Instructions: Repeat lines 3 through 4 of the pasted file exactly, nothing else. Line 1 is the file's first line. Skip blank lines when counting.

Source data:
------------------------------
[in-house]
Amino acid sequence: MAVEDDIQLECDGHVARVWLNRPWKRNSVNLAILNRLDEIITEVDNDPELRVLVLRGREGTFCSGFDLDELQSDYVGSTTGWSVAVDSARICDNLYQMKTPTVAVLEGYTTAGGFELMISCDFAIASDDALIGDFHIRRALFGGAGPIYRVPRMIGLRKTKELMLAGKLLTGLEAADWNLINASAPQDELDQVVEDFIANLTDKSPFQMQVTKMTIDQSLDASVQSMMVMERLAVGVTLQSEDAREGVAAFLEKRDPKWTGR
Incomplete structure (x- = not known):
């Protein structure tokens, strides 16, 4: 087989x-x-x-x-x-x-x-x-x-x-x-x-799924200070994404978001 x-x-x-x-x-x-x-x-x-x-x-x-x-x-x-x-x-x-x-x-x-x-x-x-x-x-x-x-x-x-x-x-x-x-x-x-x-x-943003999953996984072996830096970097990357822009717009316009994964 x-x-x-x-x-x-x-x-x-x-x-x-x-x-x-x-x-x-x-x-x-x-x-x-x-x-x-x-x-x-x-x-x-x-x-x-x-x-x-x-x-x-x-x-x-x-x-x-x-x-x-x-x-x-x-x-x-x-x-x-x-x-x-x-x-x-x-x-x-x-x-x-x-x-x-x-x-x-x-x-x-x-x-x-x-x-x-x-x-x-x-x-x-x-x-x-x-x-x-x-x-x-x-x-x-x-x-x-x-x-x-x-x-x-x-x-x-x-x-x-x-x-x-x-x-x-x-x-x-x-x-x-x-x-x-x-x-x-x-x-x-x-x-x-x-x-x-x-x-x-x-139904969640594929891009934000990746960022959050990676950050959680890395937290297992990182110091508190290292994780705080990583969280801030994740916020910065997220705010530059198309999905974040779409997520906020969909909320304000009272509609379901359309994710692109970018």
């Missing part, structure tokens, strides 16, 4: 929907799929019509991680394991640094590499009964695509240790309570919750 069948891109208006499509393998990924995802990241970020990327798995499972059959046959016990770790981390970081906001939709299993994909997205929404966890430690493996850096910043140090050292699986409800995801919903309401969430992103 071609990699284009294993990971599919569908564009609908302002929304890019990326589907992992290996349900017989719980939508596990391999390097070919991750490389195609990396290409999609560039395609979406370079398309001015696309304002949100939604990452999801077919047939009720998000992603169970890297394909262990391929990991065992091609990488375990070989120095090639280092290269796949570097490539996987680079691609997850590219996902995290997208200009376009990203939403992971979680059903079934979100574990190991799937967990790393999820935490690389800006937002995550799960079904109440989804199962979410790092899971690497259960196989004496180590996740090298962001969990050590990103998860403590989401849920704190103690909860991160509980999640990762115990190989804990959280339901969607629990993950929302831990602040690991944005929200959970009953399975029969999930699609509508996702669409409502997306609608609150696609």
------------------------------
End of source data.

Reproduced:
Incomplete structure (x- = not known):
């Protein structure tokens, strides 16, 4: 087989x-x-x-x-x-x-x-x-x-x-x-x-799924200070994404978001 x-x-x-x-x-x-x-x-x-x-x-x-x-x-x-x-x-x-x-x-x-x-x-x-x-x-x-x-x-x-x-x-x-x-x-x-x-x-943003999953996984072996830096970097990357822009717009316009994964 x-x-x-x-x-x-x-x-x-x-x-x-x-x-x-x-x-x-x-x-x-x-x-x-x-x-x-x-x-x-x-x-x-x-x-x-x-x-x-x-x-x-x-x-x-x-x-x-x-x-x-x-x-x-x-x-x-x-x-x-x-x-x-x-x-x-x-x-x-x-x-x-x-x-x-x-x-x-x-x-x-x-x-x-x-x-x-x-x-x-x-x-x-x-x-x-x-x-x-x-x-x-x-x-x-x-x-x-x-x-x-x-x-x-x-x-x-x-x-x-x-x-x-x-x-x-x-x-x-x-x-x-x-x-x-x-x-x-x-x-x-x-x-x-x-x-x-x-x-x-x-139904969640594929891009934000990746960022959050990676950050959680890395937290297992990182110091508190290292994780705080990583969280801030994740916020910065997220705010530059198309999905974040779409997520906020969909909320304000009272509609379901359309994710692109970018």